Fall 2023 Sciame Lecture Series: Pamela Karimi
Sand to Salvation: Crafting Humanity’s Future through the Wisdom of Desert Architecture
Thursday, Sep 14, 2023
5:30 pm - 7:00 pm
Sciame Auditorium (Room 107)
141 Convent Avenue
New York, NY 10031
This lecture will be in person and is part of the Fall 2023 Sciame Lecture Series, titled "Crosscurrents: Architecture, Landscape, and Spatial Practices in Southwest Asia and North Africa."
Pamela Karimi specializes in the study of modern and contemporary art, architecture, and visual culture in the Middle East. An alumna of MIT, where she earned her doctorate, she is now serving as a professor at the University of Massachusetts Dartmouth. Her notable publications include Domesticity and Consumer Culture in Iran (Routledge, 2013) and Alternative Iran: Contemporary Art & Critical Spatial Practice (Stanford University Press, 2022). Currently, with the support of the National Endowment for the Humanities and fellowships from Princeton and Heidelberg Universities, Dr. Karimi is developing a manuscript exploring the nexus between design and environmental issues in the Middle East. This presentation offers a glimpse into this ongoing research.
"Sand to Salvation: Crafting Humanity’s Future through the Wisdom of Desert Architecture": This lecture examines a pivotal yet underappreciated episode in the history of modern environmentalism: the resurgence of Iran's traditional eco-friendly architecture amidst the oil boom of the 1960s and '70s. In the arid MENA region, distinct societal, political, and architectural adaptations evolved in response to desert life. Yet, these were often dismissed as inadequate by colonial and pseudo-colonial powers, instigating disruptive interventions. With the advent of the 20th century, an escalating dependence on fossil fuels and modern environmental management technologies led to the gradual disappearance of these sustainable practices. Remarkably, during the period of the oil crisis and the countercultural environmental movement, a revival of Iran's eco-architecture occurred. This study illuminates Iran's pioneering contributions to environmental design during this tumultuous era, showcasing how a diverse group of architects, philosophers, and Sufi scholars proposed innovative planetary visions and design solutions that retain their relevance. Despite their significance, these activities have largely been overlooked, and this lecture aims to bring them into focus.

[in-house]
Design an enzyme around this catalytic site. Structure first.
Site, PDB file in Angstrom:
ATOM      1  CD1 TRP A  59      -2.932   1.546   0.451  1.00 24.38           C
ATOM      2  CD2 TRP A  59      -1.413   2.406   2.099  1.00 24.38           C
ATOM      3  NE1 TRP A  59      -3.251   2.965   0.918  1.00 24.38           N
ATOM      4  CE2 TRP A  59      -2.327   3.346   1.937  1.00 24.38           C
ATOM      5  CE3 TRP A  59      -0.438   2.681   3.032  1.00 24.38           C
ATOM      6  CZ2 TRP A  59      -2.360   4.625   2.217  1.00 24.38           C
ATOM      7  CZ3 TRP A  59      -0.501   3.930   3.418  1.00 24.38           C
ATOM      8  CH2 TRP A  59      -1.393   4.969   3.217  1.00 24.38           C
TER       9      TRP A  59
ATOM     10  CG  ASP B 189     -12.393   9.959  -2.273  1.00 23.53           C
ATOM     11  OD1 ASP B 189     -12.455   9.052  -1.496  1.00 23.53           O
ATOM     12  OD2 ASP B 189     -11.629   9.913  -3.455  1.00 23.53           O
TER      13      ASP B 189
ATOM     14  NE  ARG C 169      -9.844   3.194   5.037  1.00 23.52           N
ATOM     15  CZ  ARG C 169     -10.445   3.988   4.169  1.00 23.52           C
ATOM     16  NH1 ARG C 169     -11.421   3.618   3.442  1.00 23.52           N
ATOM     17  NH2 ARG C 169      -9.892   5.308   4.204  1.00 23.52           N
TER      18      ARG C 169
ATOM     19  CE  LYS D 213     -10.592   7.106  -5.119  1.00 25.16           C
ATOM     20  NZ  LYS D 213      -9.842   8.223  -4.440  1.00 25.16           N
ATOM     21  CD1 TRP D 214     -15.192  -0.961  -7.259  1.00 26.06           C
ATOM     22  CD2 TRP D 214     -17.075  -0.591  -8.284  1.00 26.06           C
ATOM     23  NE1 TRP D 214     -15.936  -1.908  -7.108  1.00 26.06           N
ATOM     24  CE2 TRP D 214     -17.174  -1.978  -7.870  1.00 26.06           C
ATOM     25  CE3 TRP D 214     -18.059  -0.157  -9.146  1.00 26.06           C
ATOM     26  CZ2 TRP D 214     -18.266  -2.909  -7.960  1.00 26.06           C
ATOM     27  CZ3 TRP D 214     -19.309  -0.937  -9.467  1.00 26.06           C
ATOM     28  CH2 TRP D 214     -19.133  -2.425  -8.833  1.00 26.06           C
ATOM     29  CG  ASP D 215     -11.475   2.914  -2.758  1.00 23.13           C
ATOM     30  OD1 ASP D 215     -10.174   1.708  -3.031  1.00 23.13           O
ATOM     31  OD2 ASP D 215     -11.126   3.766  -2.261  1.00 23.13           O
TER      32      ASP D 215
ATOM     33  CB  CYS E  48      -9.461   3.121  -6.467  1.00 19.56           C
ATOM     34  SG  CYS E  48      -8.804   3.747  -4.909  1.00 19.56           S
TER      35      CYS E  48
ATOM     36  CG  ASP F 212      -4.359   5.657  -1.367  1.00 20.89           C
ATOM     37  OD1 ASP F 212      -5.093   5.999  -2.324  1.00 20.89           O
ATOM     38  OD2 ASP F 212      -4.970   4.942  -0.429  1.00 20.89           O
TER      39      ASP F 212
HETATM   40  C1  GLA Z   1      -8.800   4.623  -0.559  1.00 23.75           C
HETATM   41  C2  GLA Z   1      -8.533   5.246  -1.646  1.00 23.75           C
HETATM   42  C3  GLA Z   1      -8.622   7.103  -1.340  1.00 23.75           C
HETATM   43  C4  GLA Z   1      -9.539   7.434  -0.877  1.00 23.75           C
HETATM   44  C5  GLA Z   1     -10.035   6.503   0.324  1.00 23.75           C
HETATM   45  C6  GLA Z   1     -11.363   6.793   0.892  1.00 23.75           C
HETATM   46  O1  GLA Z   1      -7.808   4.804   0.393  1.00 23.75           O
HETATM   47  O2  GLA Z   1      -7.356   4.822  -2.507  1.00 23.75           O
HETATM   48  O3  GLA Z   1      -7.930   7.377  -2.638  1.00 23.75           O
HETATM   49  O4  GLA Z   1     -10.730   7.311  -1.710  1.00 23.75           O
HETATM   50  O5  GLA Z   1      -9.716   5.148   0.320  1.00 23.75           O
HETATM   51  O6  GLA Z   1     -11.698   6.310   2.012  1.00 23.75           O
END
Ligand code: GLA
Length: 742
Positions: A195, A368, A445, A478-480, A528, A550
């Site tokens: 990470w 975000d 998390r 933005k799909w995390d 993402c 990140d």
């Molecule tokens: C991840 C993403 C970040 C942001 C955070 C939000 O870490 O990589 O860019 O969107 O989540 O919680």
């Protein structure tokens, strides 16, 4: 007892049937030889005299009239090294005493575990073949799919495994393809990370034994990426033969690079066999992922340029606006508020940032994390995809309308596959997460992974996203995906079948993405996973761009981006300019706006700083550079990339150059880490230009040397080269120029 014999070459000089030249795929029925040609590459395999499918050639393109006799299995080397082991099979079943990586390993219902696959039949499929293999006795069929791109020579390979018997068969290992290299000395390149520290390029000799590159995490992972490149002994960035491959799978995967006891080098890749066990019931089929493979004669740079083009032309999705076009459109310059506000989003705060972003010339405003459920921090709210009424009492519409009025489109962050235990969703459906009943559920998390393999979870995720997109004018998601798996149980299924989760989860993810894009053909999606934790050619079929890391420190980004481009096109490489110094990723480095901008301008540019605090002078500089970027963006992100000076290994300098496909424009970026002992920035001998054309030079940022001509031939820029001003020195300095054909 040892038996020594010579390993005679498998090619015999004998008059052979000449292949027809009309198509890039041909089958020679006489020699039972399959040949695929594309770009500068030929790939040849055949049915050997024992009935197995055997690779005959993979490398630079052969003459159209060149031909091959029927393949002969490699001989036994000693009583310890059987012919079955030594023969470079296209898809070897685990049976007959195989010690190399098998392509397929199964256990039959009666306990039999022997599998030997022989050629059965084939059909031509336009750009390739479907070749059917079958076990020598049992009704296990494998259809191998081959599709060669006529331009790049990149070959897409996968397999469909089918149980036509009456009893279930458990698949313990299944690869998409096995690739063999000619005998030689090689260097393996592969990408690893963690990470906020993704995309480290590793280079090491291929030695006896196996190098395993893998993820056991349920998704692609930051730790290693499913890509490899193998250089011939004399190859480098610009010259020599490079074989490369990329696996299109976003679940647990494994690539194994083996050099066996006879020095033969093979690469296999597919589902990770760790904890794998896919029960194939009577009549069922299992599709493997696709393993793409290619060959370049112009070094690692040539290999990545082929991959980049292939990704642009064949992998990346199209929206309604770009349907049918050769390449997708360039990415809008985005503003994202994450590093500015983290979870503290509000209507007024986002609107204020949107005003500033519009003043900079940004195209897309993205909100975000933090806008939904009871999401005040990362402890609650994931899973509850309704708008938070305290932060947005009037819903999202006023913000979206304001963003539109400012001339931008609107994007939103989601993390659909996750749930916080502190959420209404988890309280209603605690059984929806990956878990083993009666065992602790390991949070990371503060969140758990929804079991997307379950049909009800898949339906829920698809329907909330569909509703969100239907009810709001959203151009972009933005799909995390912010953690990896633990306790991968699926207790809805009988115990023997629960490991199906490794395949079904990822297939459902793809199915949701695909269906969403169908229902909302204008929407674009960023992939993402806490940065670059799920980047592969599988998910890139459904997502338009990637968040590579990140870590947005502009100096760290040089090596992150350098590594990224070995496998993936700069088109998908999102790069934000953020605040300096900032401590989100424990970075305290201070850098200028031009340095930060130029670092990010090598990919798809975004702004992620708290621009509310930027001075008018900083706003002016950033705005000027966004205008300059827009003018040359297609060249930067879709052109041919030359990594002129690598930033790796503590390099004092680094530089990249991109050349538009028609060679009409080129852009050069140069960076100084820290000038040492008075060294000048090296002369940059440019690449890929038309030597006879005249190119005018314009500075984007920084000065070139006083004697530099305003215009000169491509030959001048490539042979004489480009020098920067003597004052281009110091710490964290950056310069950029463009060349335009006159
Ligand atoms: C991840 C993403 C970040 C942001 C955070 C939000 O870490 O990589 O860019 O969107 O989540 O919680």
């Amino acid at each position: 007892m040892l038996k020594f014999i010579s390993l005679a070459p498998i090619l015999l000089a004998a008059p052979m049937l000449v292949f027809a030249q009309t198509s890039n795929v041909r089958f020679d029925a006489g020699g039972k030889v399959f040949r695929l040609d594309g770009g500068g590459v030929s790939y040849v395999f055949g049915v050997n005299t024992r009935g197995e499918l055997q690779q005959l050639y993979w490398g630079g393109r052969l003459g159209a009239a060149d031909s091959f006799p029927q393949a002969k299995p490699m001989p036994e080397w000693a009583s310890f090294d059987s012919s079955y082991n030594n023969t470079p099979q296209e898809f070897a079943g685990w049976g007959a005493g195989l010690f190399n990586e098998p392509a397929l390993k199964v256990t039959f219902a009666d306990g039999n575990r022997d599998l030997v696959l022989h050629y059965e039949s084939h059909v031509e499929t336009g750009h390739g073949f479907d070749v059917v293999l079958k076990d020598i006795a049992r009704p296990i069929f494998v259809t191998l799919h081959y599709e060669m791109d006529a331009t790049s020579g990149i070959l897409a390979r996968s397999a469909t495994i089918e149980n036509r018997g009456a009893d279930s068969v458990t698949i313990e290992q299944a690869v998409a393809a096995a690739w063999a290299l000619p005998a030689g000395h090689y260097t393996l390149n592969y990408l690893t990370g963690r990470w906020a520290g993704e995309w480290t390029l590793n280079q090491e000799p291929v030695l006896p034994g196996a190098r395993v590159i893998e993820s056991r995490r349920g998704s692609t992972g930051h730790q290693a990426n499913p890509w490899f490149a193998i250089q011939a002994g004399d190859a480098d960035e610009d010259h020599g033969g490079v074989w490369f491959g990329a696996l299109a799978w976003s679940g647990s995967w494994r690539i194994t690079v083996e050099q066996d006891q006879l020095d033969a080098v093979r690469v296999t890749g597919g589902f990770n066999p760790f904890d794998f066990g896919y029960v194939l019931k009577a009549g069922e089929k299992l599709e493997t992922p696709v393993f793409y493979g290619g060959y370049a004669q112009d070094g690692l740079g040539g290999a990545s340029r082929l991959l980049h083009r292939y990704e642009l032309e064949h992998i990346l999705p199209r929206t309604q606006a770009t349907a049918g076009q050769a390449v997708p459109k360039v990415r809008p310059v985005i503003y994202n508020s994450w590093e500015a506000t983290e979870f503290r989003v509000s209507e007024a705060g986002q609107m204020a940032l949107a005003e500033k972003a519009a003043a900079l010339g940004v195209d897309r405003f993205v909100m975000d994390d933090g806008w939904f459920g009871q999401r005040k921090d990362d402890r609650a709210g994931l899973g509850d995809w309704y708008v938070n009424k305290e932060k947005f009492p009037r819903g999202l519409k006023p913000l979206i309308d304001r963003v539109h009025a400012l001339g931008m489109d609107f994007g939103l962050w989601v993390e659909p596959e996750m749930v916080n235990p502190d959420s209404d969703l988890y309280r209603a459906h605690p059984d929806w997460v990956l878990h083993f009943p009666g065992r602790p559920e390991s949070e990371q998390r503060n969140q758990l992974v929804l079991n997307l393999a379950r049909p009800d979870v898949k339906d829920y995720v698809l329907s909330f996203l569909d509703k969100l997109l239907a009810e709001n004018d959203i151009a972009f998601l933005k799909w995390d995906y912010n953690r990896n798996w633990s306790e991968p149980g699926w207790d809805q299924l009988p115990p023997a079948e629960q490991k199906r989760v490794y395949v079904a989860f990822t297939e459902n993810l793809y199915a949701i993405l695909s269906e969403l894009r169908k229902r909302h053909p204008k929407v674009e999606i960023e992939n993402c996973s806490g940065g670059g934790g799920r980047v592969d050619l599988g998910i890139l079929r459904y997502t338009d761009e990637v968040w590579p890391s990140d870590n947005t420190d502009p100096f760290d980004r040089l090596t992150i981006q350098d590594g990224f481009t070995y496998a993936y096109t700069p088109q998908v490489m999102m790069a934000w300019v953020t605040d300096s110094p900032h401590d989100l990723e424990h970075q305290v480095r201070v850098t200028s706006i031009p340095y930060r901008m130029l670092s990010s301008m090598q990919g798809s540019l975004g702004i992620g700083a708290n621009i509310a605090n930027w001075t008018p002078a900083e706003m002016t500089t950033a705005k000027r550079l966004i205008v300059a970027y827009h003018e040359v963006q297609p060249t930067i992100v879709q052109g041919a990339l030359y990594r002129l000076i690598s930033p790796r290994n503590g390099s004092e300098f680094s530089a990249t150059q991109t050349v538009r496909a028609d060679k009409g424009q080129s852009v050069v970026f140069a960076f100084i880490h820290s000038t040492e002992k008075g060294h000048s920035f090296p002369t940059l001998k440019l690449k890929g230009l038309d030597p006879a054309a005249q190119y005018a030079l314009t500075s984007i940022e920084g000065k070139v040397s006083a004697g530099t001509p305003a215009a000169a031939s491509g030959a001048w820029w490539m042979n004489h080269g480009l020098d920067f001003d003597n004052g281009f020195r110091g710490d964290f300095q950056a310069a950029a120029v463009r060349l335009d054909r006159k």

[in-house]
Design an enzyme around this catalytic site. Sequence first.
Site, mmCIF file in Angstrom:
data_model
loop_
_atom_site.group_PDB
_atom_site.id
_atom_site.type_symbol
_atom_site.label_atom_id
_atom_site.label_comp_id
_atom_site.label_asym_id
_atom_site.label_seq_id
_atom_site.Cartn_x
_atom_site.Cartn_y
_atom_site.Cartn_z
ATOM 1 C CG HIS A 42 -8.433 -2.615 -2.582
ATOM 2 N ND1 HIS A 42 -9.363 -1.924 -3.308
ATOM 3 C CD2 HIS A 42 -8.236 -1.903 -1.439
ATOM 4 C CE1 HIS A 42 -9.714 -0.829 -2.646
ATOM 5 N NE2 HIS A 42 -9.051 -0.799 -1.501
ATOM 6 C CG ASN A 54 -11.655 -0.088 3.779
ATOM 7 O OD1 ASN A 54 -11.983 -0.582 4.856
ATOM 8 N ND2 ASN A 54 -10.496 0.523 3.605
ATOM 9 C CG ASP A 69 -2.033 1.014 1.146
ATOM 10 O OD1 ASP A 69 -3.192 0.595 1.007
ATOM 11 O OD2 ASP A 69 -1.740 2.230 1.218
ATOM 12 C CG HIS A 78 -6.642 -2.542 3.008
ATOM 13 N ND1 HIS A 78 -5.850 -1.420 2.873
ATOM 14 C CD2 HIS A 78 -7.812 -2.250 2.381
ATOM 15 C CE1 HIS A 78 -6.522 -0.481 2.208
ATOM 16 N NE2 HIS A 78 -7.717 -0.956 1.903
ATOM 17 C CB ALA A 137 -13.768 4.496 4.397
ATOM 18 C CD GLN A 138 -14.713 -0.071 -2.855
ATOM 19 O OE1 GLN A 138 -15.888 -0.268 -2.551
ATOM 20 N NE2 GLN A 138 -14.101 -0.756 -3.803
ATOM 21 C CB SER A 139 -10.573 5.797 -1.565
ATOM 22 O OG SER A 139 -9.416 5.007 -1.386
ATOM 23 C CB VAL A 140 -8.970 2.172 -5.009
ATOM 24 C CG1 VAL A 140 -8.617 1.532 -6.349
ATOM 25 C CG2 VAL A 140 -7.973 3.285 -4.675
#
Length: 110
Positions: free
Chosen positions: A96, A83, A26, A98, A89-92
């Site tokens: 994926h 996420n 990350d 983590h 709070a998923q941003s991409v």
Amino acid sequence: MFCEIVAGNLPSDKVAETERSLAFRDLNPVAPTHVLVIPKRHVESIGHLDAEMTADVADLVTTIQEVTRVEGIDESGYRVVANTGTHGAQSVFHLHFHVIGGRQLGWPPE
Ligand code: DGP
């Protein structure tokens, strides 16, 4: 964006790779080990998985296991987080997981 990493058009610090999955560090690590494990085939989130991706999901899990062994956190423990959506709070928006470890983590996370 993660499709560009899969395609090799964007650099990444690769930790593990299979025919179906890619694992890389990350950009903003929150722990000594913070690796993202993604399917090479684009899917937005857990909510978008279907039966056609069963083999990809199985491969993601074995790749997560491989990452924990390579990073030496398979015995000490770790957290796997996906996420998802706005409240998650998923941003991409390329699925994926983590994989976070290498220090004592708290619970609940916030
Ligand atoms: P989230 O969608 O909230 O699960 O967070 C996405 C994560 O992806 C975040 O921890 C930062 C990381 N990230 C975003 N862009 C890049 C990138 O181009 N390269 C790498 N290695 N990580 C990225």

Suggested Reading: Pamela Karimi, “Survival by Design: Oil Crisis, the Middle East, and the Quest for Lunar Settlements".
"Crosscurrents: Architecture, Landscape, and Spatial Practices in Southwest Asia and North Africa" probes the radical reimagining of the region compelled by the expression Southwest Asia and North Africa (SWANA). In recent years, the acronym SWANA has gained currency among architects, landscape architects, urbanists, and historians who conceptualize the territories of the Middle East and North Africa through geography and place rather than colonial frameworks. The term “Middle East” was a British invention, a tool used to advance colonialism in a region where so many national borders resulted from imperialist interventions. In the Fall 2023 Sciame Lecture Series, groundbreaking designers, scholars, practitioners, and activists chart multiple—and sometimes competing—currents in the architecture of the region and its diasporas, while displacing essentializing colonial narratives. To do so, speakers from across the area shed light on global, transnational, and diasporic human stories about design, space, landscape, and architecture in SWANA, and advance new ideas about territory, buildings, places, histories, and belonging.
All lectures are free, open to the public, and held in the Bernard and Anne Spitzer School of Architecture Sciame Auditorium.
See https://www.ccny.cuny.edu/return-campus for current requirements for in-person visitors.
This lecture series is made possible by the Spitzer Architecture Fund and the generous support of Frank Sciame ’74, CEO of Sciame Construction.